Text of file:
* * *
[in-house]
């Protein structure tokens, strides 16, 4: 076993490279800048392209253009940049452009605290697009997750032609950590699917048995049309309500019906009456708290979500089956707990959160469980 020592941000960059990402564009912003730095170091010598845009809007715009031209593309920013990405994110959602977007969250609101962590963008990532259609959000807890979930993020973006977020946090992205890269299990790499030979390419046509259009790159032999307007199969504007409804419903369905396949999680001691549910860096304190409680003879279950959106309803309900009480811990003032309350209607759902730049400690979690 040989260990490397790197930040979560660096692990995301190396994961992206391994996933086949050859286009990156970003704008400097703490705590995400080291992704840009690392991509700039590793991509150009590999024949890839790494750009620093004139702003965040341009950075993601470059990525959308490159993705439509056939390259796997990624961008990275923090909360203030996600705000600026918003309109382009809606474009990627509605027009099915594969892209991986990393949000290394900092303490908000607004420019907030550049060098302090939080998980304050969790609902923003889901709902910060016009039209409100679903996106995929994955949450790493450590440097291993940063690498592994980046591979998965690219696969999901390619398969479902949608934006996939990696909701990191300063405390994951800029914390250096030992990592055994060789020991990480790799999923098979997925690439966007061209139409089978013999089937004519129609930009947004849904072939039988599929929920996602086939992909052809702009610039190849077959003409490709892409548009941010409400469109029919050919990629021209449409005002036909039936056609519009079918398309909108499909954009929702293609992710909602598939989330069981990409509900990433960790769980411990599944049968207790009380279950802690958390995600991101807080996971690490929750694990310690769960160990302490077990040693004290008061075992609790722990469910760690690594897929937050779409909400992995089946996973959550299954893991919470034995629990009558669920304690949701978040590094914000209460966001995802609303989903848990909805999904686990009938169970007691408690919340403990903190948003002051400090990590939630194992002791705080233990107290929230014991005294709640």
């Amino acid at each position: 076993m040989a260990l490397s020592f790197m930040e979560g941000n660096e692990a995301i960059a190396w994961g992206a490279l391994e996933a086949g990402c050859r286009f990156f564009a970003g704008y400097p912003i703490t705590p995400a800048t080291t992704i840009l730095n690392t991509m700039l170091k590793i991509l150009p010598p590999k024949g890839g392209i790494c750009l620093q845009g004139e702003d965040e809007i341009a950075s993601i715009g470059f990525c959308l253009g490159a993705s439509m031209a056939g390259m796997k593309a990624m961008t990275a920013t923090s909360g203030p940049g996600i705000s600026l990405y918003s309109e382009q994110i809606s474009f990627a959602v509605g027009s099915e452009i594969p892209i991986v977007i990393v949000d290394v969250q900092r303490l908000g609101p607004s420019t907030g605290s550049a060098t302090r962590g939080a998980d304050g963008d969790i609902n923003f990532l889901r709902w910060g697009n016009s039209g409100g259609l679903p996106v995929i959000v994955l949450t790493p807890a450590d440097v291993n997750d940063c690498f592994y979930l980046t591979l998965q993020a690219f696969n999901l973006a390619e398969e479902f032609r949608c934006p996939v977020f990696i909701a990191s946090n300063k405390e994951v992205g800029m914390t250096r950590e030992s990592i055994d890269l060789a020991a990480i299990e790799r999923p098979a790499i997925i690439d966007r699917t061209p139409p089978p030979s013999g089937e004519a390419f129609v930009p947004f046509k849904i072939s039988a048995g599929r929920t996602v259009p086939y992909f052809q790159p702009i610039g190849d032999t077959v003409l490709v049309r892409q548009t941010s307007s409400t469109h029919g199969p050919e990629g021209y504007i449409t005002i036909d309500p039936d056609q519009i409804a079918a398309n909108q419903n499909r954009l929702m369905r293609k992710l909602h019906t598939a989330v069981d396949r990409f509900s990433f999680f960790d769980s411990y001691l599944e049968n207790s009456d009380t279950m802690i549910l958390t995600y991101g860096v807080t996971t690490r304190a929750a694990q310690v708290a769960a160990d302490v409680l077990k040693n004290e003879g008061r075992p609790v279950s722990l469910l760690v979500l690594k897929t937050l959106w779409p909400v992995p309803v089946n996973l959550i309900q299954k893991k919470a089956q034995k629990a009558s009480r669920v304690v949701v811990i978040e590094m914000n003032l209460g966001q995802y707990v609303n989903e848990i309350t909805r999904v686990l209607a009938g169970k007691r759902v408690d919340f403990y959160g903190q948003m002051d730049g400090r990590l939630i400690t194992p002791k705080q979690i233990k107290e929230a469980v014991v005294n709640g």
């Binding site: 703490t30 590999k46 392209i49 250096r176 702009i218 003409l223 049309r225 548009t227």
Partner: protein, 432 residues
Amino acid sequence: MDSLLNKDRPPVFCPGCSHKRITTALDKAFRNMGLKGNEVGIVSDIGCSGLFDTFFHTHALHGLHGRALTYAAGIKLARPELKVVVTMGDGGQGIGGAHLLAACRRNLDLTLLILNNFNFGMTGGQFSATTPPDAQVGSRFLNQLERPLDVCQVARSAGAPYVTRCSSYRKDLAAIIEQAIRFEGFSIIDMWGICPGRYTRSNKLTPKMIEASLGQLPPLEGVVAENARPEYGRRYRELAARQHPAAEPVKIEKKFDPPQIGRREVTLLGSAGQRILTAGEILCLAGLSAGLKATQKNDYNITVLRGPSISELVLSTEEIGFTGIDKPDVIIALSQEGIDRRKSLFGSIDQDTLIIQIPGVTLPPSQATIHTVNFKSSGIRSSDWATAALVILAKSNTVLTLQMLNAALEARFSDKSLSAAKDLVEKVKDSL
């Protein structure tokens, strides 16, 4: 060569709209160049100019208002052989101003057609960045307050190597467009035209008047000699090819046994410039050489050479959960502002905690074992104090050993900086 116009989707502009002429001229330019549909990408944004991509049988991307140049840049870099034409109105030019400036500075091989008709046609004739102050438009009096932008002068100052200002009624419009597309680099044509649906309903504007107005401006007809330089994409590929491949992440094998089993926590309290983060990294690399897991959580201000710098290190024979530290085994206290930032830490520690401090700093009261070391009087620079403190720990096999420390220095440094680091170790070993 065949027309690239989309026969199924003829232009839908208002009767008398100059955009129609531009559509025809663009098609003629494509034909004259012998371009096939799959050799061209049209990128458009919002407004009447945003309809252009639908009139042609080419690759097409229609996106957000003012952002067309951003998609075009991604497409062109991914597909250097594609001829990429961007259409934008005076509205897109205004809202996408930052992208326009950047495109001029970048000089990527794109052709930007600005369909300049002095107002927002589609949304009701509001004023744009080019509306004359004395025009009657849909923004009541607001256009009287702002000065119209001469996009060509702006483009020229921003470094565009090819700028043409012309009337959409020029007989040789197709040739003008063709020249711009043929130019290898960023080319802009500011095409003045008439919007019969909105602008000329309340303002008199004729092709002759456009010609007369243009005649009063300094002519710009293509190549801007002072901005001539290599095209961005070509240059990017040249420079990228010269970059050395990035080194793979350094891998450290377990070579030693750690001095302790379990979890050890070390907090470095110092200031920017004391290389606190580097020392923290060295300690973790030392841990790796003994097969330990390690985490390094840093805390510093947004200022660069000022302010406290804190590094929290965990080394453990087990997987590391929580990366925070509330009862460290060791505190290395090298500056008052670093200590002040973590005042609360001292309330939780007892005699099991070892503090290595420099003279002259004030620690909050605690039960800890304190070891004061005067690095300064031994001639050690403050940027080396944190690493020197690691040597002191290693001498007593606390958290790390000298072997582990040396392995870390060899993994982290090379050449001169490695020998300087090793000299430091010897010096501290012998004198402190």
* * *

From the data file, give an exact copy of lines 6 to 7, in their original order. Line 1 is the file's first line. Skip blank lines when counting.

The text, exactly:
Amino acid sequence: MDSLLNKDRPPVFCPGCSHKRITTALDKAFRNMGLKGNEVGIVSDIGCSGLFDTFFHTHALHGLHGRALTYAAGIKLARPELKVVVTMGDGGQGIGGAHLLAACRRNLDLTLLILNNFNFGMTGGQFSATTPPDAQVGSRFLNQLERPLDVCQVARSAGAPYVTRCSSYRKDLAAIIEQAIRFEGFSIIDMWGICPGRYTRSNKLTPKMIEASLGQLPPLEGVVAENARPEYGRRYRELAARQHPAAEPVKIEKKFDPPQIGRREVTLLGSAGQRILTAGEILCLAGLSAGLKATQKNDYNITVLRGPSISELVLSTEEIGFTGIDKPDVIIALSQEGIDRRKSLFGSIDQDTLIIQIPGVTLPPSQATIHTVNFKSSGIRSSDWATAALVILAKSNTVLTLQMLNAALEARFSDKSLSAAKDLVEKVKDSL
């Protein structure tokens, strides 16, 4: 060569709209160049100019208002052989101003057609960045307050190597467009035209008047000699090819046994410039050489050479959960502002905690074992104090050993900086 116009989707502009002429001229330019549909990408944004991509049988991307140049840049870099034409109105030019400036500075091989008709046609004739102050438009009096932008002068100052200002009624419009597309680099044509649906309903504007107005401006007809330089994409590929491949992440094998089993926590309290983060990294690399897991959580201000710098290190024979530290085994206290930032830490520690401090700093009261070391009087620079403190720990096999420390220095440094680091170790070993 065949027309690239989309026969199924003829232009839908208002009767008398100059955009129609531009559509025809663009098609003629494509034909004259012998371009096939799959050799061209049209990128458009919002407004009447945003309809252009639908009139042609080419690759097409229609996106957000003012952002067309951003998609075009991604497409062109991914597909250097594609001829990429961007259409934008005076509205897109205004809202996408930052992208326009950047495109001029970048000089990527794109052709930007600005369909300049002095107002927002589609949304009701509001004023744009080019509306004359004395025009009657849909923004009541607001256009009287702002000065119209001469996009060509702006483009020229921003470094565009090819700028043409012309009337959409020029007989040789197709040739003008063709020249711009043929130019290898960023080319802009500011095409003045008439919007019969909105602008000329309340303002008199004729092709002759456009010609007369243009005649009063300094002519710009293509190549801007002072901005001539290599095209961005070509240059990017040249420079990228010269970059050395990035080194793979350094891998450290377990070579030693750690001095302790379990979890050890070390907090470095110092200031920017004391290389606190580097020392923290060295300690973790030392841990790796003994097969330990390690985490390094840093805390510093947004200022660069000022302010406290804190590094929290965990080394453990087990997987590391929580990366925070509330009862460290060791505190290395090298500056008052670093200590002040973590005042609360001292309330939780007892005699099991070892503090290595420099003279002259004030620690909050605690039960800890304190070891004061005067690095300064031994001639050690403050940027080396944190690493020197690691040597002191290693001498007593606390958290790390000298072997582990040396392995870390060899993994982290090379050449001169490695020998300087090793000299430091010897010096501290012998004198402190």